TORONTO – Master painter Alex Colville is remembered for his ability to immortalize the seemingly mundane moments of everyday life, often with tense and haunting undertones.
© The Canadian Press/Nathan Denette
People overlook the art of Alex Colville during a media preview of the largest exhibition of the late Canadian painter's work ever assembled, at The Art Gallery of Ontario in Toronto on Tuesday, August 19, 2014.
The Art Gallery of Ontario is honouring his vast body of work with an exhibition tagged as the most comprehensive Colville retrospective to date.
The realist-style painter died in July 2013 at age 92, leaving behind a sweeping artistic legacy that includes famous paintings such as “Horse and Train” and “Target Pistol and Man.”
The Toronto exhibition, which touts more than 100 pieces contributed by museums and private collections, includes some paintings that have never been shown publicly.
Canadian art curator Andrew Hunter said though the show follows Colville’s death, the exhibition is not a memorial.
“We really did want to engage him as a significant artist whose work is still deeply relevant,” Hunter said. “He was incredibly good at distilling into a single image, often stripped down to the most basic elements, a powerful statement about what it meant to be in the world at this time.”
The exhibition, which opens Saturday, pairs Colville’s work with contemporary pieces from popular culture, including films, music and even a comic book. The goal is to offer viewers a chance to reflect on Colville’s career, while linking his work to filmmakers such as Wes Anderson and writers including Nobel Prize winner Alice Munro, Hunter said.
Colville was born in Toronto in 1920 and moved to Amherst, N.S., as a young boy. He went on to study fine arts at Mount Allison University in Sackville, N.B., before moving to Wolfville, N.S., a university town in the Annapolis Valley, where he lived until his death.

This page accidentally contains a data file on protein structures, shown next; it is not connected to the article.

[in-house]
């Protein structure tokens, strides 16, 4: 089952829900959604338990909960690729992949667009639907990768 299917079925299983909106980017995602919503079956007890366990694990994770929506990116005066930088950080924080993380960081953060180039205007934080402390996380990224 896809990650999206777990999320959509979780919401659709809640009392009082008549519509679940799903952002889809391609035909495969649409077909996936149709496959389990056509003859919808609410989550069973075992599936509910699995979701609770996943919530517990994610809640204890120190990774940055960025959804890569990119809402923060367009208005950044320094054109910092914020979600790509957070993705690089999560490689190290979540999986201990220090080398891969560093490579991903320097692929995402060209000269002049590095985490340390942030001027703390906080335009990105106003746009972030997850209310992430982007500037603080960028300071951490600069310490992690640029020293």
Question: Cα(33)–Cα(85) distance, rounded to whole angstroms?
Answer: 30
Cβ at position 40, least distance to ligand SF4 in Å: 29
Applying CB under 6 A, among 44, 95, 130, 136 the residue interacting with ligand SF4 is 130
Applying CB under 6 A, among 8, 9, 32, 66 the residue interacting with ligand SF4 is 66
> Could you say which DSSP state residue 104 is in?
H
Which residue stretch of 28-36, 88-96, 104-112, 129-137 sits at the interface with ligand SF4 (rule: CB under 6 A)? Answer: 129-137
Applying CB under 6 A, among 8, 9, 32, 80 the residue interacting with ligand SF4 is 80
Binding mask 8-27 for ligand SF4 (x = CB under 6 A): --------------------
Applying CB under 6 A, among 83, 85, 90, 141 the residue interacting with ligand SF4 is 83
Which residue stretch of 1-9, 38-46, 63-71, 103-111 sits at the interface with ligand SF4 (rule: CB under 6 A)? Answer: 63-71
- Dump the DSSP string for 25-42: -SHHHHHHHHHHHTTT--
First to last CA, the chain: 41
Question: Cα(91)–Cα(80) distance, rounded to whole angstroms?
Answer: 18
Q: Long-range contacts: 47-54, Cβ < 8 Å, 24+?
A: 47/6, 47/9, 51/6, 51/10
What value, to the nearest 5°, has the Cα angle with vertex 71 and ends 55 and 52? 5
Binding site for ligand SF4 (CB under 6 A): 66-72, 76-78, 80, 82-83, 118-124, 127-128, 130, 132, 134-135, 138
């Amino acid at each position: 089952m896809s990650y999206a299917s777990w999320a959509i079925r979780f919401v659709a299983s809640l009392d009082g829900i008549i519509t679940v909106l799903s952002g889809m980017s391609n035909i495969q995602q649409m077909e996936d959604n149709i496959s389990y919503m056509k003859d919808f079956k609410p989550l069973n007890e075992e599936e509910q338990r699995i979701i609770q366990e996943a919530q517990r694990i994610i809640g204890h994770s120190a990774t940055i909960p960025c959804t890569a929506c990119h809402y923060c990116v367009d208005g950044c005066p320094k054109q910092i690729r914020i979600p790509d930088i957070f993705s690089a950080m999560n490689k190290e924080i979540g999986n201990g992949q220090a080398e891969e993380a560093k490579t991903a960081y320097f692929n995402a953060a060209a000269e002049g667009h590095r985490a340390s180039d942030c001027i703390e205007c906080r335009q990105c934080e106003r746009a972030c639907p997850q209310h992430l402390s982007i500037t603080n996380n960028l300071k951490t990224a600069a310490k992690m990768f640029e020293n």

His body of work spanned decades, with varied sources of inspiration — from his Maritime roots to his experiences as an official war artist in the Second World War, a role that included depictions of the liberation of Bergen-Belsen concentration camp in northern Germany.
He was made a Companion of the Order of Canada in 1982 and won a Governor General’s Visual and Media Arts Award in 2003.
Hunter said one of the remarkable aspects of Colville’s work was his ability to paint in an “in-between space.” “Colville’s work exists in a no man’s land, but it’s also familiar,” he said, adding that this allows for both a sense of individual attachment and universal appeal.
Jesse Wente, director of film programs at TIFF Bell Lightbox in Toronto, said the exhibition offers a new window into the work of an artist who has been “omnipresent” in Canadian culture.
“As much as it is a show about a Canadian painter, the connections to movies are really intriguing,” he said, adding that Colville’s work is comparable to individual frames of a movie, capturing one moment in a longer narrative.
Many artists have been directly influenced by Colville’s work, including filmmaker Stanley Kubrick, who incorporated four paintings into his classic horror movie “The Shining,” he said.
Wente noted that Colville’s paintings often convey a sense of “unease or discomfort,” but his work is also “distinctly Canadian somehow.”
The exhibition coincides with the release of a new book dubbed “Colville,” which includes reproductions of 100 of his paintings.
Tim Hecker, an electronic composer based in Montreal, was one of the contemporary artists to contribute to the exhibition. He described Colville’s work as pictorial realism and called the artist an “outlier” in an era when many artists were obsessed with pop art.
Hecker created an aural echo of Colville’s work, using overhead pendulum speakers in a “sonic mood room,” which visitors must pass through during the exhibition.
It acts as a “respite during the journey of all these images,” he said. “I just want it to be something that’s experiential and speaks for itself.”
Colville’s daughter Ann Kitz, who was involved with creating the exhibition, said she finds the new approach to her father’s work “refreshing.” “His paintings will endure and they will always speak for themselves,” she said.
The Alex Colville exhibition runs at the Art Gallery of Ontario until Jan. 4. Afterward the show will travel to the National Gallery of Canada in Ottawa.